Recent research conducted by HR software provider Ciphr has shed light on the impact of the cost-of-living crisis on UK employees, particularly highlighting a significant gender disparity when it comes to salary negotiation.
The study found that despite being equally affected by rising living costs, women were less likely than men to have requested a salary increase this year.
The survey, which polled 1,000 individuals last month, revealed that only one in four (26%) women had asked for a pay rise, compared to one in three (36%) men.
The trend extended to other aspects of salary negotiation as well, with women being less likely to ask for a cost-of-living bonus (7% vs. 14% of men), a promotion (17% vs. 22%), or additional employee benefits to supplement their income (11% vs. 16%).
Interestingly, female employees were found to be more likely to express financial struggles and dissatisfaction with their wages.
They were the most likely to report being unable to afford sick leave (55% vs. 47%), feeling overwhelmed by money-related stress (80% vs. 70%), and believing they were not being paid enough (38% vs. 32%).
Less than half feel accurately rewarded
The data also showed that less than half of the women surveyed felt adequately rewarded for their skills and experience (45%) or the responsibilities they held in their roles (44%). In contrast, half of the male respondents believed their salaries adequately reflected their skills and experience (49%), and 51 percent thought it was reflective of their current roles and responsibilities.
An intriguing finding emerged when comparing how discontented men and women acted on their salary perceptions. Nearly half (48%) of men who were unhappy with their pay due to mismatched skills, job knowledge, or position had asked for a raise recently.
On the other hand, only a third (32%) of women in a similar situation had requested a pay rise. This revealed a noticeable gender ‘ask gap,’ where women were more hesitant to negotiate higher salaries compared to their male counterparts, potentially exacerbating existing pay gaps in various organisations.
What are the benefits of salary negotiation?
Previous research by Ciphr has highlighted the benefits of salary negotiation, as those who proactively sought higher earnings were more likely to be granted a pay rise. With fewer women asking for pay raises, it is reasonable to infer that more men may have received pay increases recently, potentially leading to a widening of the gender pay gap and further negatively impacting women during the ongoing cost-of-living crisis.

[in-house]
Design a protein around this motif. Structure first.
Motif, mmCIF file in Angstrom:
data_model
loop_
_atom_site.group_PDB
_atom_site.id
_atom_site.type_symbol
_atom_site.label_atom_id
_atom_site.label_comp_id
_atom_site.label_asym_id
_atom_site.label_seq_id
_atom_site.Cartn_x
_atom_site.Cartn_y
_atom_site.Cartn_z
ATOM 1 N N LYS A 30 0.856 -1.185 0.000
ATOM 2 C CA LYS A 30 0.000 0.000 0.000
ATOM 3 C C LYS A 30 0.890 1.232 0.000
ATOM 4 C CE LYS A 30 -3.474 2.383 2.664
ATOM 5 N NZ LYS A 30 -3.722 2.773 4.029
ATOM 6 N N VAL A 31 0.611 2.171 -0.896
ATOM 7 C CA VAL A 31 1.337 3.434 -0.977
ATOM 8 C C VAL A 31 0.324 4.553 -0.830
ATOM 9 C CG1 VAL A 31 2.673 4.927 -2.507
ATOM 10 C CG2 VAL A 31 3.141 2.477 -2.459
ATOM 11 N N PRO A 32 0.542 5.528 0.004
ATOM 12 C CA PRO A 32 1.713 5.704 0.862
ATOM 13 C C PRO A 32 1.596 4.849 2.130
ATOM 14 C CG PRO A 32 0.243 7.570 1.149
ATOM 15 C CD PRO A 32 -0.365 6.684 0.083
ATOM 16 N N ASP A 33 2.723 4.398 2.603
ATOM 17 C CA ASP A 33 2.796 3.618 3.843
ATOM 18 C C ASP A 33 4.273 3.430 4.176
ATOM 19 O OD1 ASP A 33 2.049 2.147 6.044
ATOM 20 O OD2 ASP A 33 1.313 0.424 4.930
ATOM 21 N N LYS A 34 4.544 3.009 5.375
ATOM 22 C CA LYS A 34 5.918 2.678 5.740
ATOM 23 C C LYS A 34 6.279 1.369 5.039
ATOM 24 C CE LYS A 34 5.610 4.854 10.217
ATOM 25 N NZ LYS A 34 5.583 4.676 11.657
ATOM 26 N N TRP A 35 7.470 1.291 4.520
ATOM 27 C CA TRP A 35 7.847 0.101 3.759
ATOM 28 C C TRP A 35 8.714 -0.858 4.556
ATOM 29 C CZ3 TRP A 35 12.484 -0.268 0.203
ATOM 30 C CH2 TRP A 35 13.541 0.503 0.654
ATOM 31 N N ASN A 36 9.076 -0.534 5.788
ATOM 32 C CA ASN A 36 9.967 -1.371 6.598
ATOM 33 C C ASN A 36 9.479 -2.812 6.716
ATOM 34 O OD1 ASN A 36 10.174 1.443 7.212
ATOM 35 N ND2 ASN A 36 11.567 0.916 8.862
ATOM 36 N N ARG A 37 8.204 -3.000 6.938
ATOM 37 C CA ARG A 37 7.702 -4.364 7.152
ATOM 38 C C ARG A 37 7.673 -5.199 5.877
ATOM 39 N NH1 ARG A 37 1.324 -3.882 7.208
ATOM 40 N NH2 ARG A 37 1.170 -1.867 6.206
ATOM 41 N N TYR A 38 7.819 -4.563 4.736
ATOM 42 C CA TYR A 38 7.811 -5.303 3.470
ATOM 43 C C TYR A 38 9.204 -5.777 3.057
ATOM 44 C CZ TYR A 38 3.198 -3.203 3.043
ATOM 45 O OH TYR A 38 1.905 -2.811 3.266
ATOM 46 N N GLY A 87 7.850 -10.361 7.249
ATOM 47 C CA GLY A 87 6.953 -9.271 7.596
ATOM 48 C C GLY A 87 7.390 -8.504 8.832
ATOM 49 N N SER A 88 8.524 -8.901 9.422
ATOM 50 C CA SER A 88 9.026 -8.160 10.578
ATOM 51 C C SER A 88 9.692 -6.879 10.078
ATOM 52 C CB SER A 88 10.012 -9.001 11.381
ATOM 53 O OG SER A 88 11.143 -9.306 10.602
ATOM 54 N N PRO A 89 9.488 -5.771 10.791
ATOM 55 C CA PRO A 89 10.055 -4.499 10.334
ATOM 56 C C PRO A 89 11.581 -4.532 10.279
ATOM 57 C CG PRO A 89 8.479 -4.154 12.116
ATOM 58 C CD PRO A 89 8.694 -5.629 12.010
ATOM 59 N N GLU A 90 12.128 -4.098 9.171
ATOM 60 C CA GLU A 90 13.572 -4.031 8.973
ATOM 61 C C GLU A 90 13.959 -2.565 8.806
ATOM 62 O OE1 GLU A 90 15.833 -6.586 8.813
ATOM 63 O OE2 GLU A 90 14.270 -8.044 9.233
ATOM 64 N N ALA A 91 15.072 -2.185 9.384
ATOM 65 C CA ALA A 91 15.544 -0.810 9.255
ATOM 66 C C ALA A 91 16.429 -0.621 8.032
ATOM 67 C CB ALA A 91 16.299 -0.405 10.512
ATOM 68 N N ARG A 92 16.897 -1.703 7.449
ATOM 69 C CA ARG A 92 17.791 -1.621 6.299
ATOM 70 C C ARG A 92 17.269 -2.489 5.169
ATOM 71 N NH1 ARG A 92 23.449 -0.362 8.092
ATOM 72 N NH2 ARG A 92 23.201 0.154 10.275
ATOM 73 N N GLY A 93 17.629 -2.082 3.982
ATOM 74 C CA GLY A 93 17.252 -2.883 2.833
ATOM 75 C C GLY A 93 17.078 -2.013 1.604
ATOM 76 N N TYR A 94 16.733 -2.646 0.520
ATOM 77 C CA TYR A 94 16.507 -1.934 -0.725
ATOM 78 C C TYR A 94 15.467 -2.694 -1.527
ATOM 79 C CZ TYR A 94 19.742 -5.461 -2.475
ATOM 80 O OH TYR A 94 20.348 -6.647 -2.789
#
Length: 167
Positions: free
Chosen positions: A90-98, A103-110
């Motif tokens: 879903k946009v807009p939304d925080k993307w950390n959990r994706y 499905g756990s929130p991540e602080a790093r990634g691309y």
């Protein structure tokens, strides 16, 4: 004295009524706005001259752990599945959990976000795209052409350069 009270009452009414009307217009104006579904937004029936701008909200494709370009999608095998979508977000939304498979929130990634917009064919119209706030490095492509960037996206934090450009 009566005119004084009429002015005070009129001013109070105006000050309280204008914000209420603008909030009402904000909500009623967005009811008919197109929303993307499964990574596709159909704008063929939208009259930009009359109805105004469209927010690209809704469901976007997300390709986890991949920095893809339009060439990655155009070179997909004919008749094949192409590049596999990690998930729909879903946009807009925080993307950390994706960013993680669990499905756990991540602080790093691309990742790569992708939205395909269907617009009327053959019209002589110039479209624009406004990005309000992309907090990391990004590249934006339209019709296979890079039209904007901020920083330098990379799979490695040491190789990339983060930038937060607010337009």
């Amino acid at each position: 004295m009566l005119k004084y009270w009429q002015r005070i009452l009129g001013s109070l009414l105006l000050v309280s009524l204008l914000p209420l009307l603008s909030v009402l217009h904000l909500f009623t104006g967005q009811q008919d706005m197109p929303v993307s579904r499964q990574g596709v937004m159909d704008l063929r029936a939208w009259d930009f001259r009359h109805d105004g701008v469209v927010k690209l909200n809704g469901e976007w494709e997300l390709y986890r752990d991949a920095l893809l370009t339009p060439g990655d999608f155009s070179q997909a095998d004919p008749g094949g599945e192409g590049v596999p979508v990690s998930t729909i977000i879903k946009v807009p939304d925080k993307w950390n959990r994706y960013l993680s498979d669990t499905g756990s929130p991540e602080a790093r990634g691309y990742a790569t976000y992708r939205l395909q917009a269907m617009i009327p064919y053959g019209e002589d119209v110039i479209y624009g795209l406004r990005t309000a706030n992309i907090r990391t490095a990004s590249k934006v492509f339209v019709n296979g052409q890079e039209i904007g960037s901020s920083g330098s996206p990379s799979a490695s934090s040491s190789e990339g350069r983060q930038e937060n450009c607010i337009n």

The most recent figures from the Office for National Statistics’ Labour Force Survey continue to show a substantial gender pay gap in the UK, with women earning 84p for every pound earned by men. While this represents a slight improvement from the previous year (16% vs. 17.4% in 2022), Ciphr’s analysis of the data indicates that women’s hourly pay still lags behind men’s in nearly every industry, with the private sector experiencing a larger pay gap compared to the public sector (18% vs. 13.8%).
Underpaid women: how can we close the gender pay gap?
Closing the gender pay gap requires concerted efforts from employers to address salary discrepancies and ensure fair financial rewards for all employees based on their skills and contributions. Claire Williams, Chief People Officer at Ciphr, emphasises the importance of employers taking proactive steps to rectify the ‘ask gap’ and pay inequality.
Creating better representation of women and ethnic minorities at all levels is a crucial aspect of driving change and achieving pay equality, ultimately leading to the attraction and retention of the best talent in the long run.
Amelia Brand is the Editor for HRreview, and host of the HR in Review podcast series. With a Master’s degree in Legal and Political Theory, her particular interests within HR include employment law, DE&I, and wellbeing within the workplace. Prior to working with HRreview, Amelia was Sub-Editor of a magazine, and Editor of the Environmental Justice Project at the University College London, writing and overseeing articles into UCL’s weekly newsletter. Her previous academic work has focused on philosophy, politics and law, with a special focus on how artificial intelligence will feature in the future.